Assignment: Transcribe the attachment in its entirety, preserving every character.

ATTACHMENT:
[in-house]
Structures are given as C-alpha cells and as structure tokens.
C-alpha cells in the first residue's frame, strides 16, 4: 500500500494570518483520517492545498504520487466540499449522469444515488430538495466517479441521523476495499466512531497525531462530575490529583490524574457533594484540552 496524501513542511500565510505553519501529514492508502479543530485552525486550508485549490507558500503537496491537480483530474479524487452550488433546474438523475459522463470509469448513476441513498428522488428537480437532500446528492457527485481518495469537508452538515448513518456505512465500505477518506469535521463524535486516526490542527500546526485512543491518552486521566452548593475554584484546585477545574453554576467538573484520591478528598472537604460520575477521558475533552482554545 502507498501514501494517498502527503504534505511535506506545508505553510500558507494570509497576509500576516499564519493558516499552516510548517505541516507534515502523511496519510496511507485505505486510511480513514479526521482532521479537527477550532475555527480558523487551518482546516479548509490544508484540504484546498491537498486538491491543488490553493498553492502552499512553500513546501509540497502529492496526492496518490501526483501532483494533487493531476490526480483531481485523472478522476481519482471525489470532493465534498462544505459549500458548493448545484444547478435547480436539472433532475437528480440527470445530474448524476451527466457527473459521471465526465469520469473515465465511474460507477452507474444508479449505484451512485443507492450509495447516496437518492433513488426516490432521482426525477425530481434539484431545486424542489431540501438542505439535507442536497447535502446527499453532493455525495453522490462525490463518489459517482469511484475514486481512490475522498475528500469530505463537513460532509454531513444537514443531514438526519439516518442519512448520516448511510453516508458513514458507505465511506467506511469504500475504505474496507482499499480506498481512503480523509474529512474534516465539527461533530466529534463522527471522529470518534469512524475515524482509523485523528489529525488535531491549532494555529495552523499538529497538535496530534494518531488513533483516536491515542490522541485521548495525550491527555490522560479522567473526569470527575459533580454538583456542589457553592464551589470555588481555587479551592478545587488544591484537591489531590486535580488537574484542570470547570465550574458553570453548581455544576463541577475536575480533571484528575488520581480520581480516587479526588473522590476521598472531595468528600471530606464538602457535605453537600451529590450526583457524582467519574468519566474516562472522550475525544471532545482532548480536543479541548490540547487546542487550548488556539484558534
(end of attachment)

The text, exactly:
[in-house]
Structures are given as C-alpha cells and as structure tokens.
C-alpha cells in the first residue's frame, strides 16, 4: 500500500494570518483520517492545498504520487466540499449522469444515488430538495466517479441521523476495499466512531497525531462530575490529583490524574457533594484540552 496524501513542511500565510505553519501529514492508502479543530485552525486550508485549490507558500503537496491537480483530474479524487452550488433546474438523475459522463470509469448513476441513498428522488428537480437532500446528492457527485481518495469537508452538515448513518456505512465500505477518506469535521463524535486516526490542527500546526485512543491518552486521566452548593475554584484546585477545574453554576467538573484520591478528598472537604460520575477521558475533552482554545 502507498501514501494517498502527503504534505511535506506545508505553510500558507494570509497576509500576516499564519493558516499552516510548517505541516507534515502523511496519510496511507485505505486510511480513514479526521482532521479537527477550532475555527480558523487551518482546516479548509490544508484540504484546498491537498486538491491543488490553493498553492502552499512553500513546501509540497502529492496526492496518490501526483501532483494533487493531476490526480483531481485523472478522476481519482471525489470532493465534498462544505459549500458548493448545484444547478435547480436539472433532475437528480440527470445530474448524476451527466457527473459521471465526465469520469473515465465511474460507477452507474444508479449505484451512485443507492450509495447516496437518492433513488426516490432521482426525477425530481434539484431545486424542489431540501438542505439535507442536497447535502446527499453532493455525495453522490462525490463518489459517482469511484475514486481512490475522498475528500469530505463537513460532509454531513444537514443531514438526519439516518442519512448520516448511510453516508458513514458507505465511506467506511469504500475504505474496507482499499480506498481512503480523509474529512474534516465539527461533530466529534463522527471522529470518534469512524475515524482509523485523528489529525488535531491549532494555529495552523499538529497538535496530534494518531488513533483516536491515542490522541485521548495525550491527555490522560479522567473526569470527575459533580454538583456542589457553592464551589470555588481555587479551592478545587488544591484537591489531590486535580488537574484542570470547570465550574458553570453548581455544576463541577475536575480533571484528575488520581480520581480516587479526588473522590476521598472531595468528600471530606464538602457535605453537600451529590450526583457524582467519574468519566474516562472522550475525544471532545482532548480536543479541548490540547487546542487550548488556539484558534